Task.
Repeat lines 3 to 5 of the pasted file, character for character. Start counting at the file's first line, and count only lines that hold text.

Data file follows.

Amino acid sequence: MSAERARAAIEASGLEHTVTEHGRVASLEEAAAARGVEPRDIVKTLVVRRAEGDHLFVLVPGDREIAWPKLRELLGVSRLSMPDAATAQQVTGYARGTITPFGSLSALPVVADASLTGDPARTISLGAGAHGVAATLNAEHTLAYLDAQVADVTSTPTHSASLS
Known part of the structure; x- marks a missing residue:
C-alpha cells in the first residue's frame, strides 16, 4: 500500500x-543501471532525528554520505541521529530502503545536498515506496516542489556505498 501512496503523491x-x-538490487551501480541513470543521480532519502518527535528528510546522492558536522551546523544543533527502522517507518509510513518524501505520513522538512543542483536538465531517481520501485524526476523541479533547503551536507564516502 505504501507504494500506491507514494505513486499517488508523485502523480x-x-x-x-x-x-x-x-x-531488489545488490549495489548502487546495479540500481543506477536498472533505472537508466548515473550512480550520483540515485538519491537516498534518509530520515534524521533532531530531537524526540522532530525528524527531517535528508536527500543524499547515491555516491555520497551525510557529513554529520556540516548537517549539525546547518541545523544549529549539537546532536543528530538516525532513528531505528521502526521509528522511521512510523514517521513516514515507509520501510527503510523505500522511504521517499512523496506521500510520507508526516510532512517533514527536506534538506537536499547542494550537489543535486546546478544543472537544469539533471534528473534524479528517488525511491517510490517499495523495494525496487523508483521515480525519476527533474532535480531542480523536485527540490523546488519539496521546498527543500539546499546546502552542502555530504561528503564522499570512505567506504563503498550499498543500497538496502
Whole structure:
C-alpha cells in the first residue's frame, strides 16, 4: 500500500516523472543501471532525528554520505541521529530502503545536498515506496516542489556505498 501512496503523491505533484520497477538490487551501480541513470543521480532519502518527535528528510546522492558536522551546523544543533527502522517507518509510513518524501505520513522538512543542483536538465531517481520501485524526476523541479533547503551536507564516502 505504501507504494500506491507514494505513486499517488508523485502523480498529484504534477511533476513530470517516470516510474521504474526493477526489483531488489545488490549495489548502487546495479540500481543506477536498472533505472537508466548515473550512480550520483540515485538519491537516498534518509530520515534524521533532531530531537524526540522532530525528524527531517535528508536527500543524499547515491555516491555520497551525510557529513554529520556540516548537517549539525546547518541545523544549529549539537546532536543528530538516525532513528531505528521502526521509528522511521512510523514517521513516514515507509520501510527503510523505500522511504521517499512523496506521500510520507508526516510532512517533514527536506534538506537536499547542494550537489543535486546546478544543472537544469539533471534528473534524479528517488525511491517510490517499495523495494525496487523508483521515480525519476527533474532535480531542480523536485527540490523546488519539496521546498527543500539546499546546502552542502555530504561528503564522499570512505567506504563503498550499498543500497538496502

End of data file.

C-alpha cells in the first residue's frame, strides 16, 4: 500500500x-543501471532525528554520505541521529530502503545536498515506496516542489556505498 501512496503523491x-x-538490487551501480541513470543521480532519502518527535528528510546522492558536522551546523544543533527502522517507518509510513518524501505520513522538512543542483536538465531517481520501485524526476523541479533547503551536507564516502 505504501507504494500506491507514494505513486499517488508523485502523480x-x-x-x-x-x-x-x-x-531488489545488490549495489548502487546495479540500481543506477536498472533505472537508466548515473550512480550520483540515485538519491537516498534518509530520515534524521533532531530531537524526540522532530525528524527531517535528508536527500543524499547515491555516491555520497551525510557529513554529520556540516548537517549539525546547518541545523544549529549539537546532536543528530538516525532513528531505528521502526521509528522511521512510523514517521513516514515507509520501510527503510523505500522511504521517499512523496506521500510520507508526516510532512517533514527536506534538506537536499547542494550537489543535486546546478544543472537544469539533471534528473534524479528517488525511491517510490517499495523495494525496487523508483521515480525519476527533474532535480531542480523536485527540490523546488519539496521546498527543500539546499546546502552542502555530504561528503564522499570512505567506504563503498550499498543500497538496502
Whole structure:
C-alpha cells in the first residue's frame, strides 16, 4: 500500500516523472543501471532525528554520505541521529530502503545536498515506496516542489556505498 501512496503523491505533484520497477538490487551501480541513470543521480532519502518527535528528510546522492558536522551546523544543533527502522517507518509510513518524501505520513522538512543542483536538465531517481520501485524526476523541479533547503551536507564516502 505504501507504494500506491507514494505513486499517488508523485502523480498529484504534477511533476513530470517516470516510474521504474526493477526489483531488489545488490549495489548502487546495479540500481543506477536498472533505472537508466548515473550512480550520483540515485538519491537516498534518509530520515534524521533532531530531537524526540522532530525528524527531517535528508536527500543524499547515491555516491555520497551525510557529513554529520556540516548537517549539525546547518541545523544549529549539537546532536543528530538516525532513528531505528521502526521509528522511521512510523514517521513516514515507509520501510527503510523505500522511504521517499512523496506521500510520507508526516510532512517533514527536506534538506537536499547542494550537489543535486546546478544543472537544469539533471534528473534524479528517488525511491517510490517499495523495494525496487523508483521515480525519476527533474532535480531542480523536485527540490523546488519539496521546498527543500539546499546546502552542502555530504561528503564522499570512505567506504563503498550499498543500497538496502